Darling warned on 'No' campaign negativity
- Published on Monday, 10 December 2012 09:28
- Posted by Vicki Mitchem
The head of the No campaign has received a stark warning from one of the campaign's most high-profile supporters that their campaign is being undermined by its own negativity.
Today's Sunday Times reports that Robert Durward, the Managing Director of Cloburn Quarry Company, has told Alistair Darling that "constantly lining up people to denigrate Scotland's options and capabilities could easily backfire and there are already signs of this."
He also warns Mr Darling: "...you risk making matters worse."
Mr Durward's comments come following a speech this week in which Mr Darling's claims about oil were undermined by figures published from SPICe, which show that Norway is considerably more reliant on its oil revenues – yet has still managed to develop one of the highest standards of living in the world, as well as creating the world's largest Sovereign Wealth Fund.
The anti-independence campaign have made a number of spurious headline-grabbing claims with no basis on reality – including suggestions that an independent Scotland would lose the giant pandas from Edinburgh Zoo, and that England would have no choice but to bomb Scotland's airports in order to defend itself from attack if Scotland became independent.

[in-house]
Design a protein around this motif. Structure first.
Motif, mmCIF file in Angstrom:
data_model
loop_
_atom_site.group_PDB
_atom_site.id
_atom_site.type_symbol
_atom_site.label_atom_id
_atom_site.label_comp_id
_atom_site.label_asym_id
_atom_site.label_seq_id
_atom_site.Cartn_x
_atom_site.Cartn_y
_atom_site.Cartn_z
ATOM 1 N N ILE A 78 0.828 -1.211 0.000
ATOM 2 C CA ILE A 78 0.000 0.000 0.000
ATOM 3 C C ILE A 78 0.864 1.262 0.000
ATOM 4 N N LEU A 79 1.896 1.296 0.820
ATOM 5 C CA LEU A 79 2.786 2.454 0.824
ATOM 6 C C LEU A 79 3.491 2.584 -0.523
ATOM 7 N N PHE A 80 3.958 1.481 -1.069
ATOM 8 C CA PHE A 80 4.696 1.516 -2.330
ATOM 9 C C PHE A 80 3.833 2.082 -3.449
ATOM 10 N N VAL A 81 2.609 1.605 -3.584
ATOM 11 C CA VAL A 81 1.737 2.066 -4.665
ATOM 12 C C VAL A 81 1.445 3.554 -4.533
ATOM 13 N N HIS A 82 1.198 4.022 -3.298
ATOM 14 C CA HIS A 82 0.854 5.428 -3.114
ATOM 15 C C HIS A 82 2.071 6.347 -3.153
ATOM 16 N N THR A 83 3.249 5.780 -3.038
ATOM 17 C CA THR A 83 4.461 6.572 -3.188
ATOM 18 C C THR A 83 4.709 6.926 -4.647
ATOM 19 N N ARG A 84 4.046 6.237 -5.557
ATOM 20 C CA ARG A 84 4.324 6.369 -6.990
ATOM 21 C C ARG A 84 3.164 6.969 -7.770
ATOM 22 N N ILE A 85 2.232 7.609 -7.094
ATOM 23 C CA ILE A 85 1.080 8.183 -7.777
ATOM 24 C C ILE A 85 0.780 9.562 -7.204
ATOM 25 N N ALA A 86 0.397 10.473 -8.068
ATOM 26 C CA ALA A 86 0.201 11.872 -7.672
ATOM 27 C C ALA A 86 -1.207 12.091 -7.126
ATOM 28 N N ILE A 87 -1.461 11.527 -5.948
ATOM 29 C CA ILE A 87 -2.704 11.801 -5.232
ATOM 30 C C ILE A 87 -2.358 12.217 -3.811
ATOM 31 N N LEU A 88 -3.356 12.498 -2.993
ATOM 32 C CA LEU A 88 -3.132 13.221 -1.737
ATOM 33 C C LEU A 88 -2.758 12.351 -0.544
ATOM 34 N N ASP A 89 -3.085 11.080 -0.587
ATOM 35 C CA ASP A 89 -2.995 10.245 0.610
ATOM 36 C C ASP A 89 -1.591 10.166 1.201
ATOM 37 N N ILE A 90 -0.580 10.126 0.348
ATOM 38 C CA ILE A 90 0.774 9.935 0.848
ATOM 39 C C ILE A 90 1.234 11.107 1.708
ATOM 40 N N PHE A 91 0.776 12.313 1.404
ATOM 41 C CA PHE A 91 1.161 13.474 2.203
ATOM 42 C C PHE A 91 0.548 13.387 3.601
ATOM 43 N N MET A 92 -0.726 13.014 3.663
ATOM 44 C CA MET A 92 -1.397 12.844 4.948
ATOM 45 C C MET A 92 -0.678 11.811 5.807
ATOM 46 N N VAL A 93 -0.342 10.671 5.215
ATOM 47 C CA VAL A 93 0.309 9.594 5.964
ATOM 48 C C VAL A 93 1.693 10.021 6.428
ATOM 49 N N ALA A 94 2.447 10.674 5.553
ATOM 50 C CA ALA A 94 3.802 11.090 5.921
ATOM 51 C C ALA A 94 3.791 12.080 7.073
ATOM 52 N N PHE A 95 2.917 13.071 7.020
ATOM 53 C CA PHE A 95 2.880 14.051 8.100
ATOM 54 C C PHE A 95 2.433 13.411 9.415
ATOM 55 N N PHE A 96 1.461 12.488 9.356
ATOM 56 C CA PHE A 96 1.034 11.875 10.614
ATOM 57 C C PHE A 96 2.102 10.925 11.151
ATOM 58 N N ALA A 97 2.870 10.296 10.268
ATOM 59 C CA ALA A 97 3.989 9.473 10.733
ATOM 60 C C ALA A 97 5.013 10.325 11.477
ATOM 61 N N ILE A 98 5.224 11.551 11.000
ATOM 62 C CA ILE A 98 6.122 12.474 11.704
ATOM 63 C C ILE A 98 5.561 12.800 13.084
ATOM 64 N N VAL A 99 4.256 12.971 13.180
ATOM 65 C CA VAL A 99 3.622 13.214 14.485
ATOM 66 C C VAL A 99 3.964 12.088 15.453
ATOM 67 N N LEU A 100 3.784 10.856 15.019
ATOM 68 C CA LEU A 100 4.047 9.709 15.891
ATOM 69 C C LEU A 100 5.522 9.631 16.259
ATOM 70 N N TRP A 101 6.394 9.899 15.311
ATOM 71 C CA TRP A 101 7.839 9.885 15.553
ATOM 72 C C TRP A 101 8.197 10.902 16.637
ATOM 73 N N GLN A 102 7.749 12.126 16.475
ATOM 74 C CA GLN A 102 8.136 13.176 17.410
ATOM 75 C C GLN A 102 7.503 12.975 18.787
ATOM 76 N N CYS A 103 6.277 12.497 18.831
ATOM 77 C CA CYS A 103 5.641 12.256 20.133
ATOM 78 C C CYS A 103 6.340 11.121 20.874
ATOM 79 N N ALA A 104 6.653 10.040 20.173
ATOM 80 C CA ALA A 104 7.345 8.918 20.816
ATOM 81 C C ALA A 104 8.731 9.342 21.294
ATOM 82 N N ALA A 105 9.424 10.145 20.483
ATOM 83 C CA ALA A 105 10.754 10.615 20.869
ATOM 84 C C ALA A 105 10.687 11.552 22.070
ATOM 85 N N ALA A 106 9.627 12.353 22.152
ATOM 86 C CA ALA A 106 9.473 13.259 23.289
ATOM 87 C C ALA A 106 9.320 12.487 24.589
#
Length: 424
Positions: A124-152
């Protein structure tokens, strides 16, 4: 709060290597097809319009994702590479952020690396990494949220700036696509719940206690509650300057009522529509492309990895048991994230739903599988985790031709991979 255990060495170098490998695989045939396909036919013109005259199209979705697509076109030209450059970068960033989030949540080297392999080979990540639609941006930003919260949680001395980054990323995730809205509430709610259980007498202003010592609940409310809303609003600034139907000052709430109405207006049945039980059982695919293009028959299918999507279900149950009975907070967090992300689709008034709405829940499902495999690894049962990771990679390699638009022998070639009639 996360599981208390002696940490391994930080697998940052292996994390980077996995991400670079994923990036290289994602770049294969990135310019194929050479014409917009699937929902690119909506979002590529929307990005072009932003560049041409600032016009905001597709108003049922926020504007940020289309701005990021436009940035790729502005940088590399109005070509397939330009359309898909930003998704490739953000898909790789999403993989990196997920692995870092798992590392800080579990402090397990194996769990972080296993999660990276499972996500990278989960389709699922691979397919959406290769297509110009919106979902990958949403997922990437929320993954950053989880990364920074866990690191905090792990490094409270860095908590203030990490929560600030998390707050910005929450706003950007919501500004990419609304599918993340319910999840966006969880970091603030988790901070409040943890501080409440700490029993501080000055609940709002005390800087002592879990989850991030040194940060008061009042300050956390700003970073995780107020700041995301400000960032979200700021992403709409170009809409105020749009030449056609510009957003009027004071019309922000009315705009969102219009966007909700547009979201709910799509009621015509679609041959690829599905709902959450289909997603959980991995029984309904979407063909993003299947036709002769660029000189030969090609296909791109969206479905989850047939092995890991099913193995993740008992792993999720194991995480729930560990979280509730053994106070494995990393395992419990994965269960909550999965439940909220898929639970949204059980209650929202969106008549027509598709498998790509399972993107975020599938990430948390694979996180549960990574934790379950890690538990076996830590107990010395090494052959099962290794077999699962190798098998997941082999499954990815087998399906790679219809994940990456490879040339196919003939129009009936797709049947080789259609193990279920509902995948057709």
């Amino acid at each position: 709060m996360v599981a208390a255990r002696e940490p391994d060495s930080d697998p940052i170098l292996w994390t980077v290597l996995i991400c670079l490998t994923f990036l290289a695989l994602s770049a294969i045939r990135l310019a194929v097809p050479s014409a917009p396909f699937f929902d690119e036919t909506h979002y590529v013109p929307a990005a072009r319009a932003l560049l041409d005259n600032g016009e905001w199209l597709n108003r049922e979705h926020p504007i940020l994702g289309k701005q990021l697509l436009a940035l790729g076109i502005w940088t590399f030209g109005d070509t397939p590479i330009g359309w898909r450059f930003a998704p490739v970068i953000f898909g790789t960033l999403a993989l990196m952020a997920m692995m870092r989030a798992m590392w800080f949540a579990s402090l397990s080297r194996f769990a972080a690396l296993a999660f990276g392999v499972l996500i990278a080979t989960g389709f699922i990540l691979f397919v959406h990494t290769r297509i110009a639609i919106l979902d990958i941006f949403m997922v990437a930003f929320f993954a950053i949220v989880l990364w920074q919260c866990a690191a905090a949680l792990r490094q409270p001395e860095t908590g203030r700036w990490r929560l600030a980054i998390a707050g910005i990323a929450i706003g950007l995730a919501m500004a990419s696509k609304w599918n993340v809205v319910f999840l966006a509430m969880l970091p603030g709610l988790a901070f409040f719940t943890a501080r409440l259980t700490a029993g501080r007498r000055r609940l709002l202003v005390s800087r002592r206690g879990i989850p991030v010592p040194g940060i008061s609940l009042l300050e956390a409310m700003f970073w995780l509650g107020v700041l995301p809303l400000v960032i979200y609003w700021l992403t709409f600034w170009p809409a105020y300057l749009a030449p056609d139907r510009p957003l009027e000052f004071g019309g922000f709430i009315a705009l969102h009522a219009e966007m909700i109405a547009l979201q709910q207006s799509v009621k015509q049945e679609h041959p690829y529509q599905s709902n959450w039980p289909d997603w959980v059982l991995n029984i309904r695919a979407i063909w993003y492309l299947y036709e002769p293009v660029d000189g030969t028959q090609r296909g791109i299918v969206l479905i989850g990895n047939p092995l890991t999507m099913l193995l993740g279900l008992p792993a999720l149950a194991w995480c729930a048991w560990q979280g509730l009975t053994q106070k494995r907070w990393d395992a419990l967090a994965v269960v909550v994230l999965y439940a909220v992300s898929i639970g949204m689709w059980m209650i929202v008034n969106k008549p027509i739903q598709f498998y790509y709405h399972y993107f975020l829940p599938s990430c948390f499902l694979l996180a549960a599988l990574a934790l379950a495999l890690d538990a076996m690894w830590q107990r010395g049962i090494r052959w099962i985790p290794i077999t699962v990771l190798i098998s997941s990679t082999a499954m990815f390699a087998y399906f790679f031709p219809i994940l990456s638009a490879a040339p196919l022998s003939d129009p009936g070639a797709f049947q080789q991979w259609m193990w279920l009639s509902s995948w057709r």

Commenting, SNP MSP Kenneth Gibson said:
"The relentless negativity from the so-called Better Together campaign has completely undermined their claim that they will make 'the positive case for the union'.
"If even those heading their campaign have nothing positive to say about decisions being made at Westminster – we can only assume it's because there is nothing positive to say about decisions being taken at Westminster.
"The scare stories we've had from anti-independence campaigners range from the spurious to the downright ridiculous – and they do no credit to themselves or their campaign.
"In contrast the pro-independence campaign has an overwhelmingly positive message for the people of Scotland. It can draw on the success story of Devolution, which has allowed us to make some decisions for ourselves, to outline what Scotland could achieve if all of the decisions affecting our lives were taken by the people who care about Scotland the most – that is, the people of Scotland themselves."